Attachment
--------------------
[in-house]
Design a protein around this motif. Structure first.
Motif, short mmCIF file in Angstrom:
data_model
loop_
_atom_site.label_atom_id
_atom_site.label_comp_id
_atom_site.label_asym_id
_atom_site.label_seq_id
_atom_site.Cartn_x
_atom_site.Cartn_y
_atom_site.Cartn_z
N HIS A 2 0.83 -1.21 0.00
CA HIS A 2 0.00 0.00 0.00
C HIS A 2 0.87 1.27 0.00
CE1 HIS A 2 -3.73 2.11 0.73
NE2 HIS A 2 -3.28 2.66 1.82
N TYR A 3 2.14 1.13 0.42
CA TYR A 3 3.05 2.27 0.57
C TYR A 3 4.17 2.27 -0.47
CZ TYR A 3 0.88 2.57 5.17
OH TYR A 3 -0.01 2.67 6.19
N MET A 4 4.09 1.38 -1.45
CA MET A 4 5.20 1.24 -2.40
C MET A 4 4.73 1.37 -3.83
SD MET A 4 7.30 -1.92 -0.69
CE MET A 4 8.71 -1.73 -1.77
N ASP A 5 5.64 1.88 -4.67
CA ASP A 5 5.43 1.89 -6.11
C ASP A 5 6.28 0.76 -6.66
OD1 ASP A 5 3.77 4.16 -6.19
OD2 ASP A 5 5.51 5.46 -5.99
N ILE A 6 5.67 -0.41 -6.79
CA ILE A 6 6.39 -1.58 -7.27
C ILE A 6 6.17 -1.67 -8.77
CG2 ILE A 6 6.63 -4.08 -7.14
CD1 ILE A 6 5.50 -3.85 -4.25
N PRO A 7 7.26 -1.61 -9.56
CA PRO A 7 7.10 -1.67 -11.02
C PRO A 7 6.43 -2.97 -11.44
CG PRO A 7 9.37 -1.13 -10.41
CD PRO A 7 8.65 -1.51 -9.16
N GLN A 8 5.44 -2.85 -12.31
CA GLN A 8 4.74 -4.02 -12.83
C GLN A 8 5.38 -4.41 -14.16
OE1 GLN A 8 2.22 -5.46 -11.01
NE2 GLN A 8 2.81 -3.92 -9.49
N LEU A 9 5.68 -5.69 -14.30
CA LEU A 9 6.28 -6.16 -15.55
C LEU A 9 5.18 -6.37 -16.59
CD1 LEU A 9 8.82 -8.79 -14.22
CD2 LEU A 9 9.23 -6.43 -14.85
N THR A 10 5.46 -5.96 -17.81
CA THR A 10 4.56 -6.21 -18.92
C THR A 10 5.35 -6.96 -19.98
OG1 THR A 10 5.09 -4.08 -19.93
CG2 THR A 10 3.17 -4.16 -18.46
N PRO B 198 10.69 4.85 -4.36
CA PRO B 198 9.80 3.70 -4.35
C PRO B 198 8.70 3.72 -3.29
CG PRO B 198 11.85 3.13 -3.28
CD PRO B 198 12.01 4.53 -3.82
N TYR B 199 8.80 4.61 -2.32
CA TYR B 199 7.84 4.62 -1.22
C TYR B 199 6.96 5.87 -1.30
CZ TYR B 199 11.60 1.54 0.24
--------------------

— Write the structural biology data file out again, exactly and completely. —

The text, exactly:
[in-house]
Design a protein around this motif. Structure first.
Motif, short mmCIF file in Angstrom:
data_model
loop_
_atom_site.label_atom_id
_atom_site.label_comp_id
_atom_site.label_asym_id
_atom_site.label_seq_id
_atom_site.Cartn_x
_atom_site.Cartn_y
_atom_site.Cartn_z
N HIS A 2 0.83 -1.21 0.00
CA HIS A 2 0.00 0.00 0.00
C HIS A 2 0.87 1.27 0.00
CE1 HIS A 2 -3.73 2.11 0.73
NE2 HIS A 2 -3.28 2.66 1.82
N TYR A 3 2.14 1.13 0.42
CA TYR A 3 3.05 2.27 0.57
C TYR A 3 4.17 2.27 -0.47
CZ TYR A 3 0.88 2.57 5.17
OH TYR A 3 -0.01 2.67 6.19
N MET A 4 4.09 1.38 -1.45
CA MET A 4 5.20 1.24 -2.40
C MET A 4 4.73 1.37 -3.83
SD MET A 4 7.30 -1.92 -0.69
CE MET A 4 8.71 -1.73 -1.77
N ASP A 5 5.64 1.88 -4.67
CA ASP A 5 5.43 1.89 -6.11
C ASP A 5 6.28 0.76 -6.66
OD1 ASP A 5 3.77 4.16 -6.19
OD2 ASP A 5 5.51 5.46 -5.99
N ILE A 6 5.67 -0.41 -6.79
CA ILE A 6 6.39 -1.58 -7.27
C ILE A 6 6.17 -1.67 -8.77
CG2 ILE A 6 6.63 -4.08 -7.14
CD1 ILE A 6 5.50 -3.85 -4.25
N PRO A 7 7.26 -1.61 -9.56
CA PRO A 7 7.10 -1.67 -11.02
C PRO A 7 6.43 -2.97 -11.44
CG PRO A 7 9.37 -1.13 -10.41
CD PRO A 7 8.65 -1.51 -9.16
N GLN A 8 5.44 -2.85 -12.31
CA GLN A 8 4.74 -4.02 -12.83
C GLN A 8 5.38 -4.41 -14.16
OE1 GLN A 8 2.22 -5.46 -11.01
NE2 GLN A 8 2.81 -3.92 -9.49
N LEU A 9 5.68 -5.69 -14.30
CA LEU A 9 6.28 -6.16 -15.55
C LEU A 9 5.18 -6.37 -16.59
CD1 LEU A 9 8.82 -8.79 -14.22
CD2 LEU A 9 9.23 -6.43 -14.85
N THR A 10 5.46 -5.96 -17.81
CA THR A 10 4.56 -6.21 -18.92
C THR A 10 5.35 -6.96 -19.98
OG1 THR A 10 5.09 -4.08 -19.93
CG2 THR A 10 3.17 -4.16 -18.46
N PRO B 198 10.69 4.85 -4.36
CA PRO B 198 9.80 3.70 -4.35
C PRO B 198 8.70 3.72 -3.29
CG PRO B 198 11.85 3.13 -3.28
CD PRO B 198 12.01 4.53 -3.82
N TYR B 199 8.80 4.61 -2.32
CA TYR B 199 7.84 4.62 -1.22
C TYR B 199 6.96 5.87 -1.30
CZ TYR B 199 11.60 1.54 0.24